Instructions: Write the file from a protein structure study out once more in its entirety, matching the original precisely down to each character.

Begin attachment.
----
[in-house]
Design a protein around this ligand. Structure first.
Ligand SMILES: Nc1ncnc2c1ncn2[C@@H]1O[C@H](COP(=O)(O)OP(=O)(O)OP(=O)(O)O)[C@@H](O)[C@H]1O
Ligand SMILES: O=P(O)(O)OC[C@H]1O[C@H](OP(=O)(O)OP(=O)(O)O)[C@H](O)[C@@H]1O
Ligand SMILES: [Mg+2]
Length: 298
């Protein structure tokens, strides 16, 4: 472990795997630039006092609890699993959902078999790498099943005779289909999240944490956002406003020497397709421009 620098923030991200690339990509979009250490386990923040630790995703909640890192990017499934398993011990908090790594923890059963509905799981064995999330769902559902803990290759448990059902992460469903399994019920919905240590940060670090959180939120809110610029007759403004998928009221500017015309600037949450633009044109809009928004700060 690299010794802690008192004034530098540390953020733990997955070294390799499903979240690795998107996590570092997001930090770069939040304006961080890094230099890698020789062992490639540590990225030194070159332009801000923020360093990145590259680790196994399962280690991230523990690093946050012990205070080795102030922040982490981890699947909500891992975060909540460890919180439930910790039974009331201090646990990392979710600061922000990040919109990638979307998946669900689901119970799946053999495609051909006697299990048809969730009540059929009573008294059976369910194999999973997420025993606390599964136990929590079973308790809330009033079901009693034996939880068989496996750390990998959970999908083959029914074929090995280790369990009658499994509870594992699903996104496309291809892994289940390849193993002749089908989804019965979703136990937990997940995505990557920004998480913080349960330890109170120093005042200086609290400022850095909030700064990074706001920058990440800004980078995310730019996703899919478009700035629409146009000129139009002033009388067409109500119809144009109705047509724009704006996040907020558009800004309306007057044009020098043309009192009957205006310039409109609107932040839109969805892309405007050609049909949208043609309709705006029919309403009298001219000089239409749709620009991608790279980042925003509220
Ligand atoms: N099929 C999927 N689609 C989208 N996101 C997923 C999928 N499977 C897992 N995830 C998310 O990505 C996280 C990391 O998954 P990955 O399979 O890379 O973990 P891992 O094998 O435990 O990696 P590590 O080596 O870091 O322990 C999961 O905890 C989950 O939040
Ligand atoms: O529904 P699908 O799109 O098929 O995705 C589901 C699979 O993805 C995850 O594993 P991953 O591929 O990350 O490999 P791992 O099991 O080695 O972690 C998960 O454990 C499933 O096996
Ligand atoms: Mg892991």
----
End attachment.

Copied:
[in-house]
Design a protein around this ligand. Structure first.
Ligand SMILES: Nc1ncnc2c1ncn2[C@@H]1O[C@H](COP(=O)(O)OP(=O)(O)OP(=O)(O)O)[C@@H](O)[C@H]1O
Ligand SMILES: O=P(O)(O)OC[C@H]1O[C@H](OP(=O)(O)OP(=O)(O)O)[C@H](O)[C@@H]1O
Ligand SMILES: [Mg+2]
Length: 298
């Protein structure tokens, strides 16, 4: 472990795997630039006092609890699993959902078999790498099943005779289909999240944490956002406003020497397709421009 620098923030991200690339990509979009250490386990923040630790995703909640890192990017499934398993011990908090790594923890059963509905799981064995999330769902559902803990290759448990059902992460469903399994019920919905240590940060670090959180939120809110610029007759403004998928009221500017015309600037949450633009044109809009928004700060 690299010794802690008192004034530098540390953020733990997955070294390799499903979240690795998107996590570092997001930090770069939040304006961080890094230099890698020789062992490639540590990225030194070159332009801000923020360093990145590259680790196994399962280690991230523990690093946050012990205070080795102030922040982490981890699947909500891992975060909540460890919180439930910790039974009331201090646990990392979710600061922000990040919109990638979307998946669900689901119970799946053999495609051909006697299990048809969730009540059929009573008294059976369910194999999973997420025993606390599964136990929590079973308790809330009033079901009693034996939880068989496996750390990998959970999908083959029914074929090995280790369990009658499994509870594992699903996104496309291809892994289940390849193993002749089908989804019965979703136990937990997940995505990557920004998480913080349960330890109170120093005042200086609290400022850095909030700064990074706001920058990440800004980078995310730019996703899919478009700035629409146009000129139009002033009388067409109500119809144009109705047509724009704006996040907020558009800004309306007057044009020098043309009192009957205006310039409109609107932040839109969805892309405007050609049909949208043609309709705006029919309403009298001219000089239409749709620009991608790279980042925003509220
Ligand atoms: N099929 C999927 N689609 C989208 N996101 C997923 C999928 N499977 C897992 N995830 C998310 O990505 C996280 C990391 O998954 P990955 O399979 O890379 O973990 P891992 O094998 O435990 O990696 P590590 O080596 O870091 O322990 C999961 O905890 C989950 O939040
Ligand atoms: O529904 P699908 O799109 O098929 O995705 C589901 C699979 O993805 C995850 O594993 P991953 O591929 O990350 O490999 P791992 O099991 O080695 O972690 C998960 O454990 C499933 O096996
Ligand atoms: Mg892991």